Cold Water Shower

From the dawn of time until now if there was a purpose to evolution it would be a hot water shower. There is nothing better than to wake up and get under streaming hot water. All your worries melt away. Everything seems like it is as it should be. Just so. Therefore when anything or anyone dares to venture beyond that line of belief, you will pardon me for putting on my snooty best. Disdain. Disbelief. Dismissive. I can think of several words starting with D. But you get my gist. Rivers of blood would flow before I gave up my hot shower. 

So is there any science to a cold shower. Cold has been used as a therapy for a while. It reduces inflammation. It constructs the blood vessels on the surface of your skin. To quote a medical research report “Exposure to cold is known to activate the sympathetic nervous system and increase the blood level of beta-endorphin and noradrenaline and to increase synaptic release of noradrenaline in the brain as well. Additionally, due to the high density of cold receptors in the skin, a cold shower is expected to send an overwhelming amount of electrical impulses from peripheral nerve endings to the brain, which could result in an anti-depressive effect.” There was no way I could write that in my language. The point though is clear. Cold water is a pick me up. That is the reason you feel exhilaration when you jump into a swimming pool. It was not the perfect dive but the cold water.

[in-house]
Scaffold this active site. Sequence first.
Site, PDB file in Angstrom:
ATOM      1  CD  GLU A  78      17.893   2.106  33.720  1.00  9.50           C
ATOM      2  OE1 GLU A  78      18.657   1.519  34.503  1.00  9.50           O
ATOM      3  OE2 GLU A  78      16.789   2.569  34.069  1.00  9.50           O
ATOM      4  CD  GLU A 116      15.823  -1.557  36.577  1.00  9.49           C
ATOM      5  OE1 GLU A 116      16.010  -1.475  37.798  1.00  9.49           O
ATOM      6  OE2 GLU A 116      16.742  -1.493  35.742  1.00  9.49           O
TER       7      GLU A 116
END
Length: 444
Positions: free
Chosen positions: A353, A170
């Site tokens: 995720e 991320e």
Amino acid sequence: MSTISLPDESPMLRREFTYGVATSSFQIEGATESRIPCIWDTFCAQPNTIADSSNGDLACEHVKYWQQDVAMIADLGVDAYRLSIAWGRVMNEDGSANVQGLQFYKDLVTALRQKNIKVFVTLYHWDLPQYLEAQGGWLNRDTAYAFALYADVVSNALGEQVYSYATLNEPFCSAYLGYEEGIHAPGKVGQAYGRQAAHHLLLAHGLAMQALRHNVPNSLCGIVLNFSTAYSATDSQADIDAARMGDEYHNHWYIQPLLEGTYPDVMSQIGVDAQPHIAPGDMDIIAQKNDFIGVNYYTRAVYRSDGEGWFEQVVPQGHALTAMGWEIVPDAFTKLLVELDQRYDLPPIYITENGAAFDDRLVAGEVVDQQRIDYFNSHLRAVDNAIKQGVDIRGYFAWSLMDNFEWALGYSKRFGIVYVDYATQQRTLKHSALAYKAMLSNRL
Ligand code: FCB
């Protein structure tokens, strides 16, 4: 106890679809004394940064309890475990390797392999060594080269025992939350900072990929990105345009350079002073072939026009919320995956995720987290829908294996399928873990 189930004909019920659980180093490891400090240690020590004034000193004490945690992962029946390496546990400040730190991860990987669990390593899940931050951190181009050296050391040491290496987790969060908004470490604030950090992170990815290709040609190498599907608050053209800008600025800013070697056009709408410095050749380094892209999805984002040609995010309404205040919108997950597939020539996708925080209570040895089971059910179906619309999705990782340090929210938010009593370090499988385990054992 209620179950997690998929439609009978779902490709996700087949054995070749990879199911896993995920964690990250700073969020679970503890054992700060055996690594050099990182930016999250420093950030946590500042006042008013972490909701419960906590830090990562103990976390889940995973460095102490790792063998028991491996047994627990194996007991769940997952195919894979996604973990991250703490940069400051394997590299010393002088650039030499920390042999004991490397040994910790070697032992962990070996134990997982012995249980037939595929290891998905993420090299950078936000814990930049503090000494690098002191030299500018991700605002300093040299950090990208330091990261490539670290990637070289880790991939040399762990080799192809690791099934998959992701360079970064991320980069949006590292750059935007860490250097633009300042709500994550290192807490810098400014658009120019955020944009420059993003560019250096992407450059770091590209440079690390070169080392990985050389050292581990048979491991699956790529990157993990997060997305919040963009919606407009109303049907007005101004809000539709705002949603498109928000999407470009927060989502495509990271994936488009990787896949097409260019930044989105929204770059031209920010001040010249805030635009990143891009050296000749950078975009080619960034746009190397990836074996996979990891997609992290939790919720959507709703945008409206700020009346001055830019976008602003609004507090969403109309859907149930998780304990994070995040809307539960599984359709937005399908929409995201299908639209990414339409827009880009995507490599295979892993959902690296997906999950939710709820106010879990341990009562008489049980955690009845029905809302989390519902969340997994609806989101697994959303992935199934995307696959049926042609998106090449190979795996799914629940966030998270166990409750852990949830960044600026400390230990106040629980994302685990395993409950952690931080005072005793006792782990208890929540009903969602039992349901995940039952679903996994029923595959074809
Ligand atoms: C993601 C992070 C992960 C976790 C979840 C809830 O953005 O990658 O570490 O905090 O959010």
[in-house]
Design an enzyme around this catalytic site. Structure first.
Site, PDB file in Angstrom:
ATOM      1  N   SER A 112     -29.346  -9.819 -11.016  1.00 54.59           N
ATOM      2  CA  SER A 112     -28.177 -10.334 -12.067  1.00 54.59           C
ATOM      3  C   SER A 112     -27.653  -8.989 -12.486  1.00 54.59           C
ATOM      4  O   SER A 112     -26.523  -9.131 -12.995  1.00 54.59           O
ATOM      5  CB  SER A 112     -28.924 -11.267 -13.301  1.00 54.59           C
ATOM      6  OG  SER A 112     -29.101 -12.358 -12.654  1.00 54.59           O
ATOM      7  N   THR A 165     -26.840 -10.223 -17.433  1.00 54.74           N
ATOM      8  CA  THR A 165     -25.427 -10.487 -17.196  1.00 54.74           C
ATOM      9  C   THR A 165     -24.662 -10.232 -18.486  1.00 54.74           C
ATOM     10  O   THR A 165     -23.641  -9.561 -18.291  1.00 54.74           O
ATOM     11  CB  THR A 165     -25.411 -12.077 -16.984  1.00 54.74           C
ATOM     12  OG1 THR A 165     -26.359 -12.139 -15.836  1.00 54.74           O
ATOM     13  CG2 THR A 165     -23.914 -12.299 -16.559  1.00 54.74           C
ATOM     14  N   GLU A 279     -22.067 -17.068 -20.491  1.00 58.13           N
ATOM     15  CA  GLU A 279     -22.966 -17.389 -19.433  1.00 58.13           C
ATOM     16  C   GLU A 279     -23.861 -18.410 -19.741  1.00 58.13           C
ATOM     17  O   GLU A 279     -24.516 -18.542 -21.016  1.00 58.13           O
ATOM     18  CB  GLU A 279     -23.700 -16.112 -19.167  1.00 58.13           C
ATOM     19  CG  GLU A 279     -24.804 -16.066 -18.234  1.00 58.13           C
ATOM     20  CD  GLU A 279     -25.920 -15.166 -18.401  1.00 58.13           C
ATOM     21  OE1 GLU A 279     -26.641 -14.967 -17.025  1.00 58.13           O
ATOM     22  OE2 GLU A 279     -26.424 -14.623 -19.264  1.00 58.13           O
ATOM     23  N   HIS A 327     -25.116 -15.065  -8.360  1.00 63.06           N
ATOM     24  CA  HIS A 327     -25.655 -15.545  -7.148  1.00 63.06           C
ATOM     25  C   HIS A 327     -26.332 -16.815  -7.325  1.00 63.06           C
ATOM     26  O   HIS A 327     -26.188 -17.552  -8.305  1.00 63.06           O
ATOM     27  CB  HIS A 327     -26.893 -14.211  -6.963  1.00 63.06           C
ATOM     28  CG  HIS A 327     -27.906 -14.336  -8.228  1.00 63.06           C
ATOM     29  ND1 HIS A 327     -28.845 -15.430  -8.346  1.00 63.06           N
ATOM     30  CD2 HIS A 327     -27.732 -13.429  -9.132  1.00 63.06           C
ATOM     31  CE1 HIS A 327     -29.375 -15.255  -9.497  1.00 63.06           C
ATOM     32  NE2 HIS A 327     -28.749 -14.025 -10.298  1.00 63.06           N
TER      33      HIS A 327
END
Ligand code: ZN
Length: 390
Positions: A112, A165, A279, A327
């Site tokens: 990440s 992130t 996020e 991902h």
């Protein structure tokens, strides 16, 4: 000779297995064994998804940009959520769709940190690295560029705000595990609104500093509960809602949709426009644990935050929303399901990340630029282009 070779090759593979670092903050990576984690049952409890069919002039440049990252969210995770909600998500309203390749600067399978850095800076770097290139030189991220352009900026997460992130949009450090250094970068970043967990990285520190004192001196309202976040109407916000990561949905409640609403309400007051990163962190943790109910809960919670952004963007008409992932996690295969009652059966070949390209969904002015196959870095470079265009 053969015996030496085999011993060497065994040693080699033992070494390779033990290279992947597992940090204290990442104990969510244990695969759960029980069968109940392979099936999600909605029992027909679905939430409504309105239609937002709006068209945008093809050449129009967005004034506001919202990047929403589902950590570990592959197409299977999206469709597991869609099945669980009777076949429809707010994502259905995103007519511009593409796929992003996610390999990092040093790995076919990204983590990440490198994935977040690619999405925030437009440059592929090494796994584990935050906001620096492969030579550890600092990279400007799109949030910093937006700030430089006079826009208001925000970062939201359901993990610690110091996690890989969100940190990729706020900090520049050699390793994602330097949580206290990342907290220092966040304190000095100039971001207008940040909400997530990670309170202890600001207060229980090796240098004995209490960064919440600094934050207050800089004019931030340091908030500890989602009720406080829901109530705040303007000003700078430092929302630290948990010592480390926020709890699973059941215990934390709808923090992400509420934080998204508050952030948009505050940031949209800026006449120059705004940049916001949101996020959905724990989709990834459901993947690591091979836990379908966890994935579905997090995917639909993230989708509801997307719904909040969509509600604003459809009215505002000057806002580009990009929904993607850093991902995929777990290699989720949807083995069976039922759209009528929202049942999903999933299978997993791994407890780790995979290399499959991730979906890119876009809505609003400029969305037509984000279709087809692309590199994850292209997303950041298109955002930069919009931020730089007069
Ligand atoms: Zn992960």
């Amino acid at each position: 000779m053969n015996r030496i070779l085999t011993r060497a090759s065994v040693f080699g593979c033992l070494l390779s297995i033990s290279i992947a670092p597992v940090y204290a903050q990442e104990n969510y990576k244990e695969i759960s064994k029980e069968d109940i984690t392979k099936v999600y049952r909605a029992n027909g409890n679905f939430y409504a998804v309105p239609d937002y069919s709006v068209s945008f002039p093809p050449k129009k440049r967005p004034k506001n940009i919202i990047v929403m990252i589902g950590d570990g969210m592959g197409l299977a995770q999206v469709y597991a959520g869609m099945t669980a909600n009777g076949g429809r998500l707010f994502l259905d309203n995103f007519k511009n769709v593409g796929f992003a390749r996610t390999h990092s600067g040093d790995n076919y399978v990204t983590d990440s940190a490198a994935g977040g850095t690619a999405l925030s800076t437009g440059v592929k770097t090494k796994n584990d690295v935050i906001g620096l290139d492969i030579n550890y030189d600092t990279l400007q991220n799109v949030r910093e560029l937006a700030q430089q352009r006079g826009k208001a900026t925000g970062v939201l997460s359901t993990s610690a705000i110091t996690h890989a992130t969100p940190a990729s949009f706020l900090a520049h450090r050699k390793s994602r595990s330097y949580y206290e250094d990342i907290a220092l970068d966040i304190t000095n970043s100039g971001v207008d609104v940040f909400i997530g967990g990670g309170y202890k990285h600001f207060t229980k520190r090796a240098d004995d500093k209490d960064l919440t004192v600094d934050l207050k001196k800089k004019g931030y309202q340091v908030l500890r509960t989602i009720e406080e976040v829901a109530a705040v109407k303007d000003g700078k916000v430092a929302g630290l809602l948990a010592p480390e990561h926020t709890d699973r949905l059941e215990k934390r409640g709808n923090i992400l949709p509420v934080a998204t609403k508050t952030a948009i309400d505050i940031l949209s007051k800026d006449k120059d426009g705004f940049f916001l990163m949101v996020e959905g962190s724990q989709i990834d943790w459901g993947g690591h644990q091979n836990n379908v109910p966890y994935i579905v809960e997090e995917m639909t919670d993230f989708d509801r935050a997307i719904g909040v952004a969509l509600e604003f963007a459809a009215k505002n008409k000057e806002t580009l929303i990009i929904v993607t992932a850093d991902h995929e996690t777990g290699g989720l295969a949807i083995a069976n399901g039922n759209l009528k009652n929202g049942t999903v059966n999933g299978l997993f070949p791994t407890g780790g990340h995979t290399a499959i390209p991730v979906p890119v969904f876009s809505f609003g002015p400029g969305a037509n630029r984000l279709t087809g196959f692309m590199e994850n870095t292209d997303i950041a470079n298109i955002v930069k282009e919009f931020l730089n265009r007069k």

In addition it is believed to reduce muscle stress, stimulate blood circulation and improve your lymphatic system. Some reports even indicate a reduction in levels of uric acid. There are those who propagate the belief that it makes you lose fat. Frankly I haven’t seen any research to support this. I do wish it were true though. Wouldn’t that just be dandy. 

So it seems mankind took a wrong turn somewhere. It’s raison d’être seems to be misplaced. When you go jump into your cold shower next perhaps you could come up with a new one. 


Ritesh is a born again health enthusiast and holds a Certificate in Physiology from Harvard Medical School and a Certificate in Nutrition from Tufts University.